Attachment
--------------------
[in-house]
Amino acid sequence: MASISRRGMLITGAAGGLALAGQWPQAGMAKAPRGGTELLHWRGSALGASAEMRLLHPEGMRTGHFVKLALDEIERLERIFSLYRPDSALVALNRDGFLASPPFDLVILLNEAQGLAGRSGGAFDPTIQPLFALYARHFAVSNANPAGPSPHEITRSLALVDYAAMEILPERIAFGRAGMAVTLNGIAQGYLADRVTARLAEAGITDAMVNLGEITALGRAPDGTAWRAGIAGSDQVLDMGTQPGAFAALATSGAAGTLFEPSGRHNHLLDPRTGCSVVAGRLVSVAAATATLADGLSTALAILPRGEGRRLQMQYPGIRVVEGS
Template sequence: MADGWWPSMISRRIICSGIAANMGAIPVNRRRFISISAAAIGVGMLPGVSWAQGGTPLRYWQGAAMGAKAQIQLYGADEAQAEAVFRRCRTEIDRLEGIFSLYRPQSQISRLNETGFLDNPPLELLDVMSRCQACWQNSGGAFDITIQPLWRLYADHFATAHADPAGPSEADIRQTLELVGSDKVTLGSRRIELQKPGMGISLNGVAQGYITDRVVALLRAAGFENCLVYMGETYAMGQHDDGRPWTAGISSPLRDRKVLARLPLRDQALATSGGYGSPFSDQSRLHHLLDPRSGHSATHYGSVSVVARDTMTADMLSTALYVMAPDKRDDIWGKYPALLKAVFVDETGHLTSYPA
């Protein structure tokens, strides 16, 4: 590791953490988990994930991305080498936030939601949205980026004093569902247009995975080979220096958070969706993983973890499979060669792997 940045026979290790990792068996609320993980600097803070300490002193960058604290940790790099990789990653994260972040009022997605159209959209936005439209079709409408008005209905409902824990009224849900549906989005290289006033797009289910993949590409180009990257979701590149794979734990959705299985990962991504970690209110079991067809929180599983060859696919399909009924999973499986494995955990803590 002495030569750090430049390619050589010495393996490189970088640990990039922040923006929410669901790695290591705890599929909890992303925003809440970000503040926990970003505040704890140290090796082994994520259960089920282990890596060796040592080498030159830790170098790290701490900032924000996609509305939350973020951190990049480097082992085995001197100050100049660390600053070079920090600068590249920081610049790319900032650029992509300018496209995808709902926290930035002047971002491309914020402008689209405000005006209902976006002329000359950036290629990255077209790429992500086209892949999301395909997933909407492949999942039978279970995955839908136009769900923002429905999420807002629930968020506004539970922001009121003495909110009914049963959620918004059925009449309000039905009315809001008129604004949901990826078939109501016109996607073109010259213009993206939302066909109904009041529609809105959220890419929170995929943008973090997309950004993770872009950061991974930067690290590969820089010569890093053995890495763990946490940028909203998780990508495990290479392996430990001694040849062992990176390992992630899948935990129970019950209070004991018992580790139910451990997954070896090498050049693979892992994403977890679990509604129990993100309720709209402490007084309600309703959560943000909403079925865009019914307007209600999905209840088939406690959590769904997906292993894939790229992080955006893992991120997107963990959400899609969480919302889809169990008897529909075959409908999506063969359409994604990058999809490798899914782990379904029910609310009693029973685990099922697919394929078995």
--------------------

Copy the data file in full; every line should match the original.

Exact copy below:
[in-house]
Amino acid sequence: MASISRRGMLITGAAGGLALAGQWPQAGMAKAPRGGTELLHWRGSALGASAEMRLLHPEGMRTGHFVKLALDEIERLERIFSLYRPDSALVALNRDGFLASPPFDLVILLNEAQGLAGRSGGAFDPTIQPLFALYARHFAVSNANPAGPSPHEITRSLALVDYAAMEILPERIAFGRAGMAVTLNGIAQGYLADRVTARLAEAGITDAMVNLGEITALGRAPDGTAWRAGIAGSDQVLDMGTQPGAFAALATSGAAGTLFEPSGRHNHLLDPRTGCSVVAGRLVSVAAATATLADGLSTALAILPRGEGRRLQMQYPGIRVVEGS
Template sequence: MADGWWPSMISRRIICSGIAANMGAIPVNRRRFISISAAAIGVGMLPGVSWAQGGTPLRYWQGAAMGAKAQIQLYGADEAQAEAVFRRCRTEIDRLEGIFSLYRPQSQISRLNETGFLDNPPLELLDVMSRCQACWQNSGGAFDITIQPLWRLYADHFATAHADPAGPSEADIRQTLELVGSDKVTLGSRRIELQKPGMGISLNGVAQGYITDRVVALLRAAGFENCLVYMGETYAMGQHDDGRPWTAGISSPLRDRKVLARLPLRDQALATSGGYGSPFSDQSRLHHLLDPRSGHSATHYGSVSVVARDTMTADMLSTALYVMAPDKRDDIWGKYPALLKAVFVDETGHLTSYPA
């Protein structure tokens, strides 16, 4: 590791953490988990994930991305080498936030939601949205980026004093569902247009995975080979220096958070969706993983973890499979060669792997 940045026979290790990792068996609320993980600097803070300490002193960058604290940790790099990789990653994260972040009022997605159209959209936005439209079709409408008005209905409902824990009224849900549906989005290289006033797009289910993949590409180009990257979701590149794979734990959705299985990962991504970690209110079991067809929180599983060859696919399909009924999973499986494995955990803590 002495030569750090430049390619050589010495393996490189970088640990990039922040923006929410669901790695290591705890599929909890992303925003809440970000503040926990970003505040704890140290090796082994994520259960089920282990890596060796040592080498030159830790170098790290701490900032924000996609509305939350973020951190990049480097082992085995001197100050100049660390600053070079920090600068590249920081610049790319900032650029992509300018496209995808709902926290930035002047971002491309914020402008689209405000005006209902976006002329000359950036290629990255077209790429992500086209892949999301395909997933909407492949999942039978279970995955839908136009769900923002429905999420807002629930968020506004539970922001009121003495909110009914049963959620918004059925009449309000039905009315809001008129604004949901990826078939109501016109996607073109010259213009993206939302066909109904009041529609809105959220890419929170995929943008973090997309950004993770872009950061991974930067690290590969820089010569890093053995890495763990946490940028909203998780990508495990290479392996430990001694040849062992990176390992992630899948935990129970019950209070004991018992580790139910451990997954070896090498050049693979892992994403977890679990509604129990993100309720709209402490007084309600309703959560943000909403079925865009019914307007209600999905209840088939406690959590769904997906292993894939790229992080955006893992991120997107963990959400899609969480919302889809169990008897529909075959409908999506063969359409994604990058999809490798899914782990379904029910609310009693029973685990099922697919394929078995």